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Discussion Starter · #1 ·
Can someone please ID this algae, and suggest a typical cause/treatment?



This is the best picture I was able to get. These balls appear on my driftwood, are fuzzy, and 1/8" in diameter at largest. They look like tiny Marimbo balls.

On another piece of driftwood, it's formed a continuous fuzzy line on a ridge closest to the light.

And on plants and rocks (assuming it's the same algae), it forms flatter spots which can join together into patches. It appears at first glance to be green spot unless you look very closely and see the fuzz.
 

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Discussion Starter · #2 ·
Bump. Please help, this algae is getting out of hand quickly.

I think it's green beard algae, but I'm not sure. If so, there seems to be little useful info on it. Every guide I've found that mentions it says it grows in a healthy tank and is not a symptom of deficiency. And the only advice they give is to add simazine algaecide, which I do not want to do.

Here's my tank parameters:

46g bowfront
Medium plant and fish load
34W T8 lighting
Aquaclear 70 HOB, Magnum 350 canister
50ppm pressurized CO2
Excel at 2.5x recommended dose
33% water change weekly
2.5ppm Nitrate (KNO3) added daily
0.25ppm Phosphate (KH2PO4) added daily
CSM+B, Magnesium, Potassium daily; 0.2-0.3ppm chelated iron level in tank
Zero Ammonia/Nitrite

Plants are growing beautifully. No other algae is flourishing except this one.

Cannot do 50% water changes at this time. For some reason 50% or greater water changes kill every zebra danio in any of my tanks within minutes. This has happened on three separate occasions, despite dechlorination and temperature/pH matching of replacement water. Yet 33% has no effect, not the least sign of stress.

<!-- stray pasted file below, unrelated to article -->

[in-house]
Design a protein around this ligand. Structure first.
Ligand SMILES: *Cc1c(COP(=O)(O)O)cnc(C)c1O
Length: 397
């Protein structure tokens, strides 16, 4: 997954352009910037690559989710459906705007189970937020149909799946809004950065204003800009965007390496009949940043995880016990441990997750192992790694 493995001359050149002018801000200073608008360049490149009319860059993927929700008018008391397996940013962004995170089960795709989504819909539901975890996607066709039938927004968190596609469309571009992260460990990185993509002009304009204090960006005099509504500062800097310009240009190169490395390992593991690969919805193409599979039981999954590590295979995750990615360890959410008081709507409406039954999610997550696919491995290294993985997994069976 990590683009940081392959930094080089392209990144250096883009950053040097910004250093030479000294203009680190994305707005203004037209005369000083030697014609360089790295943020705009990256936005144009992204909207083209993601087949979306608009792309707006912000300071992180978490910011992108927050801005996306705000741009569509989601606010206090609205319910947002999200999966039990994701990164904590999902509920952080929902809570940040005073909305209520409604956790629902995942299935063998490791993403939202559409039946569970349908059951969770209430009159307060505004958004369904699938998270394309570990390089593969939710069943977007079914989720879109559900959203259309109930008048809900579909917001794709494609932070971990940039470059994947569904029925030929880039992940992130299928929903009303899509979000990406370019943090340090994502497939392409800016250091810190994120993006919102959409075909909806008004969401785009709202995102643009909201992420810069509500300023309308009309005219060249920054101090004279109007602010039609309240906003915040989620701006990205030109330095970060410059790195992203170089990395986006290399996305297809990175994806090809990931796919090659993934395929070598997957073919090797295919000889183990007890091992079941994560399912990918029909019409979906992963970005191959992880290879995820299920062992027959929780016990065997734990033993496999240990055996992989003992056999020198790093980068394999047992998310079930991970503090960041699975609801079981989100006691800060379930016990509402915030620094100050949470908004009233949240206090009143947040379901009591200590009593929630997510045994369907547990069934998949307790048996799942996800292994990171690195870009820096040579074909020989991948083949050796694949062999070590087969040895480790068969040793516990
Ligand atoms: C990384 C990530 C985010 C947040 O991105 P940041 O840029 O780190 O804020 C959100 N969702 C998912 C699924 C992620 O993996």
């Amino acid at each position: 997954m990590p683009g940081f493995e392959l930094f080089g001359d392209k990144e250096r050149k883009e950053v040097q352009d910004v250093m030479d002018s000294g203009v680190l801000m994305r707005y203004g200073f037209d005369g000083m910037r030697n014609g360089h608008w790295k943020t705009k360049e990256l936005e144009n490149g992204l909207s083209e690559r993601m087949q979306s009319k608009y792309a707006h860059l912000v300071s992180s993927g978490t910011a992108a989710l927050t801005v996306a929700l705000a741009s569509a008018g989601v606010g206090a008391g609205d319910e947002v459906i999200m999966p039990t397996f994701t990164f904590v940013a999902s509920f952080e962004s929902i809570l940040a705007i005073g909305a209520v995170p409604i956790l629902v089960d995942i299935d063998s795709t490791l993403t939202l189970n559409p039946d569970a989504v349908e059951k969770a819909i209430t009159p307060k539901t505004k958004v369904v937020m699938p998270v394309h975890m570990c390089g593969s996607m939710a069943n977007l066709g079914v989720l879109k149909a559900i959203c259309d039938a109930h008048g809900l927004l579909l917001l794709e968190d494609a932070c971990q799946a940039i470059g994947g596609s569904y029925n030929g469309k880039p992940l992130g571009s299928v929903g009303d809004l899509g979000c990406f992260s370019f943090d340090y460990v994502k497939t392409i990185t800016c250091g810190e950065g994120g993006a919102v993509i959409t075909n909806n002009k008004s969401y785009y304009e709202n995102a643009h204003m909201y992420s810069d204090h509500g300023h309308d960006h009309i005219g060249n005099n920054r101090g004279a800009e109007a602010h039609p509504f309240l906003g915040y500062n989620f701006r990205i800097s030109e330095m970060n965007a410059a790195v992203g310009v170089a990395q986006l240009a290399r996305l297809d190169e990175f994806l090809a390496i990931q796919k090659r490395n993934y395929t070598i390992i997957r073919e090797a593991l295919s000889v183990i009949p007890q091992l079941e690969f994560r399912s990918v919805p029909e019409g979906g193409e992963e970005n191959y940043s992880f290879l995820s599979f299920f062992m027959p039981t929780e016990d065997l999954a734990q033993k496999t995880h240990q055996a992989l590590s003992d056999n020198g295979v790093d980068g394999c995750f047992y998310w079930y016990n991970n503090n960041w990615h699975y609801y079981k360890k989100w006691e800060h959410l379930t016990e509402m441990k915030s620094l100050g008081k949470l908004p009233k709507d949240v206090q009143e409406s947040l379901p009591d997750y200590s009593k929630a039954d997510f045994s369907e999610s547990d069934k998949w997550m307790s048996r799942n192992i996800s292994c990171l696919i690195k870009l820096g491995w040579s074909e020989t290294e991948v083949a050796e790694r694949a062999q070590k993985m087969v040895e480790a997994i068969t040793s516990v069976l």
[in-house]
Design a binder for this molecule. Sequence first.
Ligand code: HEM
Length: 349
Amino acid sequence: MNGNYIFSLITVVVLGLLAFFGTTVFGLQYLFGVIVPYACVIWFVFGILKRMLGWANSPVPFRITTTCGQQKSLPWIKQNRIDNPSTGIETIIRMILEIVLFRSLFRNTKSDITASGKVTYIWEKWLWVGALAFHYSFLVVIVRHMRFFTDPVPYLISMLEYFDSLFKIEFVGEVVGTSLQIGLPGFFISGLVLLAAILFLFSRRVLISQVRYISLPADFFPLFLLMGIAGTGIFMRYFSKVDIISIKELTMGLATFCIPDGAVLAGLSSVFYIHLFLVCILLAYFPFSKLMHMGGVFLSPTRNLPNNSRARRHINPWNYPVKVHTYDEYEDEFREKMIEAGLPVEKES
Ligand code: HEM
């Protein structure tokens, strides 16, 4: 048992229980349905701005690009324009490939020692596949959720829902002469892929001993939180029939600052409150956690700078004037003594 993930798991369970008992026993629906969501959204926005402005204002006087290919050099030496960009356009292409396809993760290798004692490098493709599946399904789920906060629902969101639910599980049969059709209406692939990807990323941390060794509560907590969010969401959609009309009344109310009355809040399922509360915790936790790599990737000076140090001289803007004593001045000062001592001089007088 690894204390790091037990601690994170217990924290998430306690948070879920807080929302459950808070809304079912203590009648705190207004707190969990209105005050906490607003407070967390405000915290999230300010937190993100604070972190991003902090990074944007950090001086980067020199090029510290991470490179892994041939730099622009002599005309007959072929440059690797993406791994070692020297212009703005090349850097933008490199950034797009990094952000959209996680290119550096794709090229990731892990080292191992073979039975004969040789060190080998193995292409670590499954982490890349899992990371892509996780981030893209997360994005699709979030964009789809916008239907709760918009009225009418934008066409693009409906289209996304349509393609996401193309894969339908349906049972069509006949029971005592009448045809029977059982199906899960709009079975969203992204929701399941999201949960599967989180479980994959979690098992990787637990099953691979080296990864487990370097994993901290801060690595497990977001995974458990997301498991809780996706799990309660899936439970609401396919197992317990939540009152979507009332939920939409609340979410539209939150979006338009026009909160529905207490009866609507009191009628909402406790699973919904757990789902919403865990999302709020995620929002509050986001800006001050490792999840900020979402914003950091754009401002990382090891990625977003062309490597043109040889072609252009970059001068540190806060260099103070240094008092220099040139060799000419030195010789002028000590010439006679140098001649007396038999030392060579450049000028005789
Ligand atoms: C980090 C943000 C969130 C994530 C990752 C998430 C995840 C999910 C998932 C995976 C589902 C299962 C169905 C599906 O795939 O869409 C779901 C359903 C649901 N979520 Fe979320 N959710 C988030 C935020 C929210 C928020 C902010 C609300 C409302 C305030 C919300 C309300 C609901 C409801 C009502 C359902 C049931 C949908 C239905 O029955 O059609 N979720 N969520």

Cannot determine actual tank nitrate. It reads between 5-10ppm no matter what. I've even gone as far as testing, adding 10ppm, then testing again; but the test read only 1-2ppm higher. The test works perfectly with reference solutions of only water and nitrate mixed outside the tank. No nutrient sponges in the tank that I know of. The gravel substrate is inert, and the bag of carbon in the Aquaclear is old and used only as biomedia.

Also unsure about phosphate levels. Test reads 3-5ppm if I add none at all; but if I do that, GSA rapidly appears. So I'm adding it anyway at a 1:10 ratio with the nitrate, despite the test saying my phosphate levels are even higher.
 

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I am actually interested in this algae, too. Have you figured out what is killing your zebra danios? They are a hearty fish (usually used to cycle tanks).

I have a few spots of this same algae on the top of my rock (iwagumi), which is closest to the light.

Two questions I have:

1) how are you supplying CO2?

2) how long is your lighting period.

Just to specifiy, this type of algae is kinda jelly-like (not BGA).
 

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That's actually a great algae site. I lost that link when I switched to my new laptop.

The only species that is even close, according to that site, is Rhizo. That is only because the site says it feels slimy to the touch.

Maybe it is a form of GSA on rock/driftwood. For me, I get it in high current areas.
 

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Discussion Starter · #6 ·
Two questions I have:

1) how are you supplying CO2?

2) how long is your lighting period.

Just to specifiy, this type of algae is kinda jelly-like (not BGA).
1) CO2 tank, dual-gauge regulator at 15psi, needle valve. Tubing runs to Aquaclear HOB intake, where it is sucked in and smashed by the impeller. Using pH/KH method to determine ppm.

2) About 12 hours. Assumed that was ok since I consider it a low-light tank, but now I'm trying 8 hours.